Learning from Using Feminist Duoethnography in Organization Research: Exploring Women’s Experiences of Everyday Racism and Changing Racial Identities

Grace Gao, Linna Sai

Research output: Book/ReportBookpeer-review

Abstract

Duoethnography, a collaborative form of autoethnography, uses personal experience as a starting point and highlights the development of a shared dialogue that allows for the emergence of novel in- terpretations. Guided by a feminist duoethnographic approach, this study has been following feminist collaborative work principles that challenge power dynamics among those involved and the notion of “voice” or, more specifically, those “unspoken vulnerabilities.” A feminist duoethnographic stance em- phasizes the validity of women’s experiences as knowledge and seeks to acknowledge multiple per- spectives through coauthored dialogic narratives. However, adopting a feminist duoethnographic ap- proach has a number of challenges. The impetus for such collaboration between two researchers was happenstance. During the COVID-19 pandemic, as Chinese female academics living and working in the United Kingdom, both researchers confronted varying levels of verbal and physical race-based vio- lence. Embodied vulnerabilities seem to have been exercised in those times of crisis. Using this study, this case study explores the fluidity of racial identities, taken-for-granted racial stereotypes and White privilege, and everyday racism in the United Kingdom. The process by which researchers generate autoethnographic vignettes followed by reflective conversations has been presented. This approach could be beneficial in advancing social justice, equity, and inclusion in both professional and academic settings.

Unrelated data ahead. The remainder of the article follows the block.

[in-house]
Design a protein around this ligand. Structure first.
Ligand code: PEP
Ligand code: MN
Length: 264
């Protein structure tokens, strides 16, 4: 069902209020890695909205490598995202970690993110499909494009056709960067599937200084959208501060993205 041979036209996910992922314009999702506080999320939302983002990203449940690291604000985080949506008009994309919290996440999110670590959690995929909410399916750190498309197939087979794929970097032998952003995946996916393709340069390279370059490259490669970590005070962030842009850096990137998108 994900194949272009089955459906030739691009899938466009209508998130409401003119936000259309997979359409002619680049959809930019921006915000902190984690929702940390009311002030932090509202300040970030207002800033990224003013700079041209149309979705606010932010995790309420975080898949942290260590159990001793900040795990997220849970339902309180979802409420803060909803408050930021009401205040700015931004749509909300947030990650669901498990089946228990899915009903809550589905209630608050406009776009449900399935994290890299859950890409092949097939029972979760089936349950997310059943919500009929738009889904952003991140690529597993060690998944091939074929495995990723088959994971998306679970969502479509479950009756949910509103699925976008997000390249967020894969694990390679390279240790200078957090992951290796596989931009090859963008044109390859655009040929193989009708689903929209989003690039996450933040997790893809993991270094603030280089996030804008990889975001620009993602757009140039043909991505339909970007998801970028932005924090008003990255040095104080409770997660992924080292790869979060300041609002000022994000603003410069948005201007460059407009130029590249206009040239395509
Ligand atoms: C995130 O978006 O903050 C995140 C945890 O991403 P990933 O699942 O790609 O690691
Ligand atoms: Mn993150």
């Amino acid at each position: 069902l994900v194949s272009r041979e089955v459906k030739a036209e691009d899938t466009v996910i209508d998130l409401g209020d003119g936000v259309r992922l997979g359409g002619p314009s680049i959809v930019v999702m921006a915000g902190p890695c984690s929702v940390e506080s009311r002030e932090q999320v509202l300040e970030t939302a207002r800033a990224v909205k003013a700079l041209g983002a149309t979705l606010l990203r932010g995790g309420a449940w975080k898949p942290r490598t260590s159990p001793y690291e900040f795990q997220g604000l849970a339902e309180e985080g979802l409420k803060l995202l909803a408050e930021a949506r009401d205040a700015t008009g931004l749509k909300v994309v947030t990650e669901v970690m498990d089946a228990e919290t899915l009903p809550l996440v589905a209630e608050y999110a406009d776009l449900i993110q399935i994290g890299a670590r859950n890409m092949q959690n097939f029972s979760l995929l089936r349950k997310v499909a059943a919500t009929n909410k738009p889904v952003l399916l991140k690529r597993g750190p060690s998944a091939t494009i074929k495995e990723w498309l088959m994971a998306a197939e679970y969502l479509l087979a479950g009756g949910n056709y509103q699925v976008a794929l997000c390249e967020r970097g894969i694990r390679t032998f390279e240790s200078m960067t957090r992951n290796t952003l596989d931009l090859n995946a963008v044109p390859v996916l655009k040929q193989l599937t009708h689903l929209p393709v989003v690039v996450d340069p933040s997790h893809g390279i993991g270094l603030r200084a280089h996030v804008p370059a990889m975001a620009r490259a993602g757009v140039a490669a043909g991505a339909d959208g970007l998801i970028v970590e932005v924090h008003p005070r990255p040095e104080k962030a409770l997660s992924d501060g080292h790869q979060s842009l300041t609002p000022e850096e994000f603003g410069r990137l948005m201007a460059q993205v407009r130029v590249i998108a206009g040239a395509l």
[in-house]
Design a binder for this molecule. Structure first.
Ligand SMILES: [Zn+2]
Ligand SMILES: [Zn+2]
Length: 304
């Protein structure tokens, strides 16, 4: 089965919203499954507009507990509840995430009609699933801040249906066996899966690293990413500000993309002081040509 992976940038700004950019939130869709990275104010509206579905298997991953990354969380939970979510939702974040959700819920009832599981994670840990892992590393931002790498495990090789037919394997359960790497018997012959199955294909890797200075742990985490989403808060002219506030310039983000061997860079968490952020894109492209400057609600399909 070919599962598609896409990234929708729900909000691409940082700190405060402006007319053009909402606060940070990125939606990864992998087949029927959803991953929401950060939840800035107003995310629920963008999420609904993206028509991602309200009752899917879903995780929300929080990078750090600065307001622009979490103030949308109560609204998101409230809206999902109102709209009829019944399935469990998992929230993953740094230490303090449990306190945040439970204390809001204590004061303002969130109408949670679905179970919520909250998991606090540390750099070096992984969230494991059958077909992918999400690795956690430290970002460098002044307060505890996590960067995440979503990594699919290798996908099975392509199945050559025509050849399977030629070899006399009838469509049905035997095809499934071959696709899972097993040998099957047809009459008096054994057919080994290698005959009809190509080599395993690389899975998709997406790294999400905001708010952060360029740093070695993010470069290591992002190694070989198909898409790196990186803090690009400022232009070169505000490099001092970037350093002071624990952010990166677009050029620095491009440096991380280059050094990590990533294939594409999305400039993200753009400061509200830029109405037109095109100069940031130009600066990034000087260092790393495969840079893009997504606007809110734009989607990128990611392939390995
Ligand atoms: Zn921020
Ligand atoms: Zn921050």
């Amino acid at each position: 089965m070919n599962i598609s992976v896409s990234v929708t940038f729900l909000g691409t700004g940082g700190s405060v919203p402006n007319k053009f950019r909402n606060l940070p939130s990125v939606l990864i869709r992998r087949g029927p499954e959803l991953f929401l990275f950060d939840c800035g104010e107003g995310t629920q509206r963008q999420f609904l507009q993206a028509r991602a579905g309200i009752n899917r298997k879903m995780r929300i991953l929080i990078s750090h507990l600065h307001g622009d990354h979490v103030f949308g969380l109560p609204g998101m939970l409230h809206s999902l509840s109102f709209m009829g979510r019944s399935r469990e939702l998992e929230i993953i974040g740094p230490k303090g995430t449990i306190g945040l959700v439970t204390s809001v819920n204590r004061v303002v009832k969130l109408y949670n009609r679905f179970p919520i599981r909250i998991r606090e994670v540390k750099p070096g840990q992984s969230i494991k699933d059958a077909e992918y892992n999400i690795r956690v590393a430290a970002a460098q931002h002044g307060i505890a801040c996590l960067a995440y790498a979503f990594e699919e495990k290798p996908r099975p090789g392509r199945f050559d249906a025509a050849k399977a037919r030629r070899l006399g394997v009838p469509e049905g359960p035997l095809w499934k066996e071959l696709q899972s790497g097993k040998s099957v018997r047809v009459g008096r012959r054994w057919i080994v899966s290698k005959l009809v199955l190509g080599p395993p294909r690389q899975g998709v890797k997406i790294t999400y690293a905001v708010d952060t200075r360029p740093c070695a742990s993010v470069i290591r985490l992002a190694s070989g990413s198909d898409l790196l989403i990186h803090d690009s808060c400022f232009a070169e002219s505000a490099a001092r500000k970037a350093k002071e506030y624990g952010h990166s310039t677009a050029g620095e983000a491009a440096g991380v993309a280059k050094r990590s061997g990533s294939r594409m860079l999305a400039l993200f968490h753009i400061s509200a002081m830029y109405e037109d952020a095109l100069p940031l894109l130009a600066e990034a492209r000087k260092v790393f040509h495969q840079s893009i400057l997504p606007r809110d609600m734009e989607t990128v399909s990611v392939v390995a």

Original languageEnglish
Place of PublicationLondon
PublisherSAGE
Number of pages19
ISBN (Electronic)9781529683363
DOIs
Publication statusPublished - 21 Feb 2024

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